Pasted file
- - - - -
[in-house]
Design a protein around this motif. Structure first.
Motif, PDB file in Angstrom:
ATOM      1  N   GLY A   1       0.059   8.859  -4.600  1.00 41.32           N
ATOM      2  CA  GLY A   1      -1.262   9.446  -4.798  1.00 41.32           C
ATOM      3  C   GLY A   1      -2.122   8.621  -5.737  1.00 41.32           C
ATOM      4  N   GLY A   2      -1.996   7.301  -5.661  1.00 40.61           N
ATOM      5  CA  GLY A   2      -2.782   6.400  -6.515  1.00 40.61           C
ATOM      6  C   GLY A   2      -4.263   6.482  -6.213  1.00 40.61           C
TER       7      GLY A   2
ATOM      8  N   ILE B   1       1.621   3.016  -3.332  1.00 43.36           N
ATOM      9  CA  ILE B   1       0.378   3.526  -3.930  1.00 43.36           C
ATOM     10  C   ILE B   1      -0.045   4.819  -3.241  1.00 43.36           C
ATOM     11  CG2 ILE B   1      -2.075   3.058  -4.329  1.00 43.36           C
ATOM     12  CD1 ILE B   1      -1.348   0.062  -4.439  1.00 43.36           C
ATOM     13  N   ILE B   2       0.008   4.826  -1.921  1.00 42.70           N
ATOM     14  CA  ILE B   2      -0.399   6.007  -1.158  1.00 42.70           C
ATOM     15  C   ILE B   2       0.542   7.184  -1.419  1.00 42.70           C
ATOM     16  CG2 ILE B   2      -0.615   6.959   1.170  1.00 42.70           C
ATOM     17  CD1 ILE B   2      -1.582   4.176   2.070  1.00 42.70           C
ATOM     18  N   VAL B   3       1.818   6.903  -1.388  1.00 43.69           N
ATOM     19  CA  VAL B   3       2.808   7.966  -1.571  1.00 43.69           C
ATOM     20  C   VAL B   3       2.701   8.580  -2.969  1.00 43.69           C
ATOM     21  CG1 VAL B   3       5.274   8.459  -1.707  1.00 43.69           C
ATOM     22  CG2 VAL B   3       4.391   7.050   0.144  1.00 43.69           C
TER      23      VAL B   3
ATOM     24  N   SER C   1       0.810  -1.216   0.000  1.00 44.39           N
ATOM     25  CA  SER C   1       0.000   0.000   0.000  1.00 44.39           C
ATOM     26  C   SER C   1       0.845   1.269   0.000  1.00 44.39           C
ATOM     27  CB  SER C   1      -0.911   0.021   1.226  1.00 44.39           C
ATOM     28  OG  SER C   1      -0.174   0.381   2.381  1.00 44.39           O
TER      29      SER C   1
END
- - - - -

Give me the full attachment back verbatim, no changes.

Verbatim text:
[in-house]
Design a protein around this motif. Structure first.
Motif, PDB file in Angstrom:
ATOM      1  N   GLY A   1       0.059   8.859  -4.600  1.00 41.32           N
ATOM      2  CA  GLY A   1      -1.262   9.446  -4.798  1.00 41.32           C
ATOM      3  C   GLY A   1      -2.122   8.621  -5.737  1.00 41.32           C
ATOM      4  N   GLY A   2      -1.996   7.301  -5.661  1.00 40.61           N
ATOM      5  CA  GLY A   2      -2.782   6.400  -6.515  1.00 40.61           C
ATOM      6  C   GLY A   2      -4.263   6.482  -6.213  1.00 40.61           C
TER       7      GLY A   2
ATOM      8  N   ILE B   1       1.621   3.016  -3.332  1.00 43.36           N
ATOM      9  CA  ILE B   1       0.378   3.526  -3.930  1.00 43.36           C
ATOM     10  C   ILE B   1      -0.045   4.819  -3.241  1.00 43.36           C
ATOM     11  CG2 ILE B   1      -2.075   3.058  -4.329  1.00 43.36           C
ATOM     12  CD1 ILE B   1      -1.348   0.062  -4.439  1.00 43.36           C
ATOM     13  N   ILE B   2       0.008   4.826  -1.921  1.00 42.70           N
ATOM     14  CA  ILE B   2      -0.399   6.007  -1.158  1.00 42.70           C
ATOM     15  C   ILE B   2       0.542   7.184  -1.419  1.00 42.70           C
ATOM     16  CG2 ILE B   2      -0.615   6.959   1.170  1.00 42.70           C
ATOM     17  CD1 ILE B   2      -1.582   4.176   2.070  1.00 42.70           C
ATOM     18  N   VAL B   3       1.818   6.903  -1.388  1.00 43.69           N
ATOM     19  CA  VAL B   3       2.808   7.966  -1.571  1.00 43.69           C
ATOM     20  C   VAL B   3       2.701   8.580  -2.969  1.00 43.69           C
ATOM     21  CG1 VAL B   3       5.274   8.459  -1.707  1.00 43.69           C
ATOM     22  CG2 VAL B   3       4.391   7.050   0.144  1.00 43.69           C
TER      23      VAL B   3
ATOM     24  N   SER C   1       0.810  -1.216   0.000  1.00 44.39           N
ATOM     25  CA  SER C   1       0.000   0.000   0.000  1.00 44.39           C
ATOM     26  C   SER C   1       0.845   1.269   0.000  1.00 44.39           C
ATOM     27  CB  SER C   1      -0.911   0.021   1.226  1.00 44.39           C
ATOM     28  OG  SER C   1      -0.174   0.381   2.381  1.00 44.39           O
TER      29      SER C   1
END